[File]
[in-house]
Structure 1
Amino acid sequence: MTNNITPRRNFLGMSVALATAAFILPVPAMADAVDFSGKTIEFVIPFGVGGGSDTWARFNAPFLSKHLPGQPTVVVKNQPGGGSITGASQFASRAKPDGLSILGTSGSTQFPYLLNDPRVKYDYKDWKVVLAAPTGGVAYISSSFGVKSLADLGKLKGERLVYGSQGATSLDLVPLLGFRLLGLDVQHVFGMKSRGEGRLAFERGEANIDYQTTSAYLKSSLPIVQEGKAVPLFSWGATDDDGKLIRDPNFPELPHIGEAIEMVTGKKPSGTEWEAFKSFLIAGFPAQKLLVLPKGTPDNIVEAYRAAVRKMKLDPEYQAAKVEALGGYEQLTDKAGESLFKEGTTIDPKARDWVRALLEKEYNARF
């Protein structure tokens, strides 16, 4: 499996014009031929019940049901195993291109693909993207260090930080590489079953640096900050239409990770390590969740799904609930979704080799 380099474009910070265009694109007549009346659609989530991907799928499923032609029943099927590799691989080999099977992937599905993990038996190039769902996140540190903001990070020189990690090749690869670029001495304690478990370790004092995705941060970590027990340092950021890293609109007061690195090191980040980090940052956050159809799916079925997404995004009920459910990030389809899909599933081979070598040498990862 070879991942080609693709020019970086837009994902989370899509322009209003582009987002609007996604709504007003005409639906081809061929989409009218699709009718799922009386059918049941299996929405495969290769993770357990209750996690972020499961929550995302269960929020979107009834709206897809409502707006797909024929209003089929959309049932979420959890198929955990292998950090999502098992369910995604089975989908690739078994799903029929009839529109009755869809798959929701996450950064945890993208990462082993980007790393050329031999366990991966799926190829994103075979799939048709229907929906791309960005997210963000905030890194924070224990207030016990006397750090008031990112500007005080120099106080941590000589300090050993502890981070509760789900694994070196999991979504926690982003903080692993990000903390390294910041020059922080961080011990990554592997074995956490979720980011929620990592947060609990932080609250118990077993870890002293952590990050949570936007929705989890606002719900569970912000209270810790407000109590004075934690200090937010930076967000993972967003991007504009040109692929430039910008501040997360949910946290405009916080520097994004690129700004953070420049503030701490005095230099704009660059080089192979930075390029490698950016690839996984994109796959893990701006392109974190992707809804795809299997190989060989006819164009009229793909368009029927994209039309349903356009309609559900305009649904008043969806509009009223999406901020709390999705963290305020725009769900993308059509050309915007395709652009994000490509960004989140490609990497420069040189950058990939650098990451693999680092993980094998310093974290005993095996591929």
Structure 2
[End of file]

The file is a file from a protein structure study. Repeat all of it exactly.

[in-house]
Structure 1
Amino acid sequence: MTNNITPRRNFLGMSVALATAAFILPVPAMADAVDFSGKTIEFVIPFGVGGGSDTWARFNAPFLSKHLPGQPTVVVKNQPGGGSITGASQFASRAKPDGLSILGTSGSTQFPYLLNDPRVKYDYKDWKVVLAAPTGGVAYISSSFGVKSLADLGKLKGERLVYGSQGATSLDLVPLLGFRLLGLDVQHVFGMKSRGEGRLAFERGEANIDYQTTSAYLKSSLPIVQEGKAVPLFSWGATDDDGKLIRDPNFPELPHIGEAIEMVTGKKPSGTEWEAFKSFLIAGFPAQKLLVLPKGTPDNIVEAYRAAVRKMKLDPEYQAAKVEALGGYEQLTDKAGESLFKEGTTIDPKARDWVRALLEKEYNARF
């Protein structure tokens, strides 16, 4: 499996014009031929019940049901195993291109693909993207260090930080590489079953640096900050239409990770390590969740799904609930979704080799 380099474009910070265009694109007549009346659609989530991907799928499923032609029943099927590799691989080999099977992937599905993990038996190039769902996140540190903001990070020189990690090749690869670029001495304690478990370790004092995705941060970590027990340092950021890293609109007061690195090191980040980090940052956050159809799916079925997404995004009920459910990030389809899909599933081979070598040498990862 070879991942080609693709020019970086837009994902989370899509322009209003582009987002609007996604709504007003005409639906081809061929989409009218699709009718799922009386059918049941299996929405495969290769993770357990209750996690972020499961929550995302269960929020979107009834709206897809409502707006797909024929209003089929959309049932979420959890198929955990292998950090999502098992369910995604089975989908690739078994799903029929009839529109009755869809798959929701996450950064945890993208990462082993980007790393050329031999366990991966799926190829994103075979799939048709229907929906791309960005997210963000905030890194924070224990207030016990006397750090008031990112500007005080120099106080941590000589300090050993502890981070509760789900694994070196999991979504926690982003903080692993990000903390390294910041020059922080961080011990990554592997074995956490979720980011929620990592947060609990932080609250118990077993870890002293952590990050949570936007929705989890606002719900569970912000209270810790407000109590004075934690200090937010930076967000993972967003991007504009040109692929430039910008501040997360949910946290405009916080520097994004690129700004953070420049503030701490005095230099704009660059080089192979930075390029490698950016690839996984994109796959893990701006392109974190992707809804795809299997190989060989006819164009009229793909368009029927994209039309349903356009309609559900305009649904008043969806509009009223999406901020709390999705963290305020725009769900993308059509050309915007395709652009994000490509960004989140490609990497420069040189950058990939650098990451693999680092993980094998310093974290005993095996591929």
Structure 2